I have to admit my hopes for Happy-Go-Lucky were not particularly high, so unmoved was I by Mike Leigh’s portentious 2004 period piece ‘Vera Drake’. And for the first twenty minutes or so I felt vindicated, as the jokes come thick and fast and very very flat. Poppy (Sally Hawkins) is a wacky, mildy boho primary school teacher with garish, hippy chick dress sense and garish hippy chick friends to match. With a toothy smile and a grating, relentless optimisim even in the face of abject misery or aggression, some viewers may find empathising with Poppy a leap of faith too far. There is a fine line of course between bubbly and annoying, a line that Poppy straddles cheerily throughout the film. I had to remind myself that almost all of Leigh’s characters (Vera Drake excepting) have a cartoonish, almost burlesque vulgarity to them despite the neo-realist grounding in everyday life. There is something fanciful and parodic about this characterisation that I started to warm to surprisingly late in the film. Despite some amazingly clunky dialogue – mostly between Poppy and her sisters or friends – the film was rescued for me by the arrival of Poppy’s malevolent driving instructer Scott. A conspiracy theorist, racist and loner, Scott is both laughable and frightening in a way that reminds me of Shane Meadows’ anti-heros. I could believe there is something of Scott in many driving instructors (sorry Ken, if you’re reading!) which makes this role somehow horribly believable and pathetic.
The film is also enhanced by a non-contextualised, impressionistic sequence where Poppy is seen wandering into a derelict building where she encounters a mad Irish tramp. The tramp, who rambles incoherently, seems momentarily to see a connection in her, and vice versa. “You know?” he jibbers, rehetorically, and staring into his eyes she replies, “yes, I do”. The scene is out of joint with the film’s focus on Poppy as the chipper Primary school teacher, friend and sister, bent on supporting others, and is suggestive of some private universe that is not made explicit. On one level it adds to the portrayal of her charitable, empathetic nature, but on another it suggests a darker, sadder place that she refuses to ackowledge in front of the loved ones who depend on her.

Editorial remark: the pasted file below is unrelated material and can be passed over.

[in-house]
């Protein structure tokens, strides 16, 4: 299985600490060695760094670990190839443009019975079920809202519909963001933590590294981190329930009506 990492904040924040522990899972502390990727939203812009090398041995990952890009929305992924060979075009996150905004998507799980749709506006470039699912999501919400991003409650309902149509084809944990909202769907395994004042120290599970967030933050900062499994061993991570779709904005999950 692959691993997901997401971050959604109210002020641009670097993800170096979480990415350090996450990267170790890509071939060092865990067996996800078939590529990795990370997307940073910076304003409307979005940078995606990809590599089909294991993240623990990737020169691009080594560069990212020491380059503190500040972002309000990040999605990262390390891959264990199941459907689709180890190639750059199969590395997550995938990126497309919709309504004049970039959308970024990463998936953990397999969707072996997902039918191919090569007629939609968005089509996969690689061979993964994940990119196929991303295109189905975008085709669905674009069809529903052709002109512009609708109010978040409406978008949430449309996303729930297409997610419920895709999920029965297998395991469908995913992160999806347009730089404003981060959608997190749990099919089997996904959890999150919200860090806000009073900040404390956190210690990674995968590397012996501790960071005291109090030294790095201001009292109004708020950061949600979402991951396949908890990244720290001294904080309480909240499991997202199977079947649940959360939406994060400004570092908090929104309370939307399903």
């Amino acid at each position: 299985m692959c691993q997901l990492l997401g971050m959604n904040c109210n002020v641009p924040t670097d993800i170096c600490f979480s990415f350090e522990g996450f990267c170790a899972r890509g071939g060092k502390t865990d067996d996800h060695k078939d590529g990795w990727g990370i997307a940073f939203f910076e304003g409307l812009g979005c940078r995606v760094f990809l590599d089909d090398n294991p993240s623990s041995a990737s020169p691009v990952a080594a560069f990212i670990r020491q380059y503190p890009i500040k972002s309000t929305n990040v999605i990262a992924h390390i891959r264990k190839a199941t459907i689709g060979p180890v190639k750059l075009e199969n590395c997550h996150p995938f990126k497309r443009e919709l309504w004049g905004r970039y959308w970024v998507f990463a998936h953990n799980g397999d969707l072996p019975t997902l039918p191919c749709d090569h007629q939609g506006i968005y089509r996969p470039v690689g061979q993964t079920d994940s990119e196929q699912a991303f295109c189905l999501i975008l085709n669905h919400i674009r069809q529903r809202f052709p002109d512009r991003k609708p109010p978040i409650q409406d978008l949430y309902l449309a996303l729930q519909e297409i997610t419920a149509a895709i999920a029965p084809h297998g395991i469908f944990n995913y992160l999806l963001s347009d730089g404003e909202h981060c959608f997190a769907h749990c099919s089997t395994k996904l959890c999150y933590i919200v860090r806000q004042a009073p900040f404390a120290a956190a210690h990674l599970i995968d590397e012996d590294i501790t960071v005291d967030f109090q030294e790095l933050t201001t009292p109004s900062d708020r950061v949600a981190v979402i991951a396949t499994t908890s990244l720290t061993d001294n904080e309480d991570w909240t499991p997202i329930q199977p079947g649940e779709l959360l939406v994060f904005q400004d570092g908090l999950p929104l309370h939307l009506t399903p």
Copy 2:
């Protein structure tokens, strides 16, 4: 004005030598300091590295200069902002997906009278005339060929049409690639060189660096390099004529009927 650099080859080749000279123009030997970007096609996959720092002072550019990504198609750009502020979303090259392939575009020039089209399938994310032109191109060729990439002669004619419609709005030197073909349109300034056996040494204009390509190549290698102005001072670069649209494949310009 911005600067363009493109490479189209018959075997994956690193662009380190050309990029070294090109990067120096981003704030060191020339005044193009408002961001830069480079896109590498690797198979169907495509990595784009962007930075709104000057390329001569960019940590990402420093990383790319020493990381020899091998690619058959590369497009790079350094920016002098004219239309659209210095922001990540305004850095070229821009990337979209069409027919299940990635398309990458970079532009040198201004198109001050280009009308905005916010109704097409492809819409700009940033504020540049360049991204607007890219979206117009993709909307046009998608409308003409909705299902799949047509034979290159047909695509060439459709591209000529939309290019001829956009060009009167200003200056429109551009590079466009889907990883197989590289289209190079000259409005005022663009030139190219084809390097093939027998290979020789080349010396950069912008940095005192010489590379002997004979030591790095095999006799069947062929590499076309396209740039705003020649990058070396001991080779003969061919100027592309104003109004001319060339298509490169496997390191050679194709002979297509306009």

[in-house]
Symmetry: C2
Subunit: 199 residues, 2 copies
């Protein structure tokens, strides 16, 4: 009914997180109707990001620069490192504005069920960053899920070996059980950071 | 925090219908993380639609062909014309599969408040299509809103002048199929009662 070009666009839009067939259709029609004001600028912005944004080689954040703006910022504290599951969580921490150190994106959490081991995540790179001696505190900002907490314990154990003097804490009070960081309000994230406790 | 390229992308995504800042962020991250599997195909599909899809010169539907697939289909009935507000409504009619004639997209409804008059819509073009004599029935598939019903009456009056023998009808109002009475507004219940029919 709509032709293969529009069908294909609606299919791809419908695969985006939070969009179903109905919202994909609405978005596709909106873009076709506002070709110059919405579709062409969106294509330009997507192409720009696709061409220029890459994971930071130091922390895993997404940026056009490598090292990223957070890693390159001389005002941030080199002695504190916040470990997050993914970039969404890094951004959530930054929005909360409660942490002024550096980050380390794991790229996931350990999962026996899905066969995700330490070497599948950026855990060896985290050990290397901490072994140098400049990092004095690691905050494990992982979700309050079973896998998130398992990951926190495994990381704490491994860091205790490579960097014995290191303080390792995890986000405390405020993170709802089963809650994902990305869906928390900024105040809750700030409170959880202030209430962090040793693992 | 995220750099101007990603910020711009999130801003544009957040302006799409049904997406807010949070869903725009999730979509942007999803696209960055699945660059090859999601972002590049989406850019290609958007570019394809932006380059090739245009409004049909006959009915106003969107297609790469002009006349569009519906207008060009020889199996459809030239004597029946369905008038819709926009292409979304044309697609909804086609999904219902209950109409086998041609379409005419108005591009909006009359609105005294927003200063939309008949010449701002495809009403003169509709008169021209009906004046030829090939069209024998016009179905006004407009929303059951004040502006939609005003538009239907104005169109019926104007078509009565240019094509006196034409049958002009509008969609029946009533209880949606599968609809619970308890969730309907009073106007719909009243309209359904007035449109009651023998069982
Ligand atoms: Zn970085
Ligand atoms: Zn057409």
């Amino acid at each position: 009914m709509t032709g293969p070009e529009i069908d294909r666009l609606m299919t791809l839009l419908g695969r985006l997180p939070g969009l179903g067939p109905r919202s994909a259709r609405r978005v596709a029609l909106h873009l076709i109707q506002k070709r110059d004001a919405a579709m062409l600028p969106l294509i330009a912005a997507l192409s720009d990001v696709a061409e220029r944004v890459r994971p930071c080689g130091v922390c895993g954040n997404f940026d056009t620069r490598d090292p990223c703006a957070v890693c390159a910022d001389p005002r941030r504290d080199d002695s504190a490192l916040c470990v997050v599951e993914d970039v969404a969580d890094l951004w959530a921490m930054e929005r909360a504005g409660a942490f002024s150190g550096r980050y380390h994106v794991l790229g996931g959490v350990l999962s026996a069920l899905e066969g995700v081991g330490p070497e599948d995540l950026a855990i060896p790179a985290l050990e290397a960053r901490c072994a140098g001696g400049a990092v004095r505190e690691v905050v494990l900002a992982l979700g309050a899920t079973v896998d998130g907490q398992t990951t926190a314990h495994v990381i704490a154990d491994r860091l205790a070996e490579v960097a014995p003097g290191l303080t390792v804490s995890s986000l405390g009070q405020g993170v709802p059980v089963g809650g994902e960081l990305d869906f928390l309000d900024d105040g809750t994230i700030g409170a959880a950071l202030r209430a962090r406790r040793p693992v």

Modern multicultural London is captured with an eye for its visual grammar that is – refreshingly – both credible and aesthetic. Leigh has lovingly framed the city’s archetectural mish-mash of old and new without idealising it, saturating the reds of the London buses without pandering to foreign audiences. The romantic orchestral score adds to the film’s winsome atmosphere, in part a homage to the so-called 1950s women’s films of Douglas Sirk. Unlike Todd Hayne’s brilliant ‘Far From Heaven‘, which lovingly recreated the genre while choosing to cleverly subvert it, Happy-Go-Lucky touches upon the genre lightly – adding a glowing cheeriness to Leigh’s often bleak black comedy. The final shot, the camera rising up to take in the lovely scene of the Regent’s Park boating lake on a summer evening, just like the ending of ‘Far From Heaven’, is a whistful, almost sentimental homage to 50s filmmaking, but works perfectly. Neither offering resolution or any particular ambiguity, it evokes a change of season both literally and in the lives of its characters.
There are echos from other Leigh films. Poppy’s surly, blokeish younger sister is identical to Brenda Blethyn’s equally monosyllabic teenage daughter in ‘Secrets and Lies’. Scott’s conspiratorial rants recall those of David Thewlis’ pre-millennial diatribes in ‘Naked’. Those echoes suggest – rather than thematic regurgitation – a return to terra firma for Leigh and also, in my opinion, to form.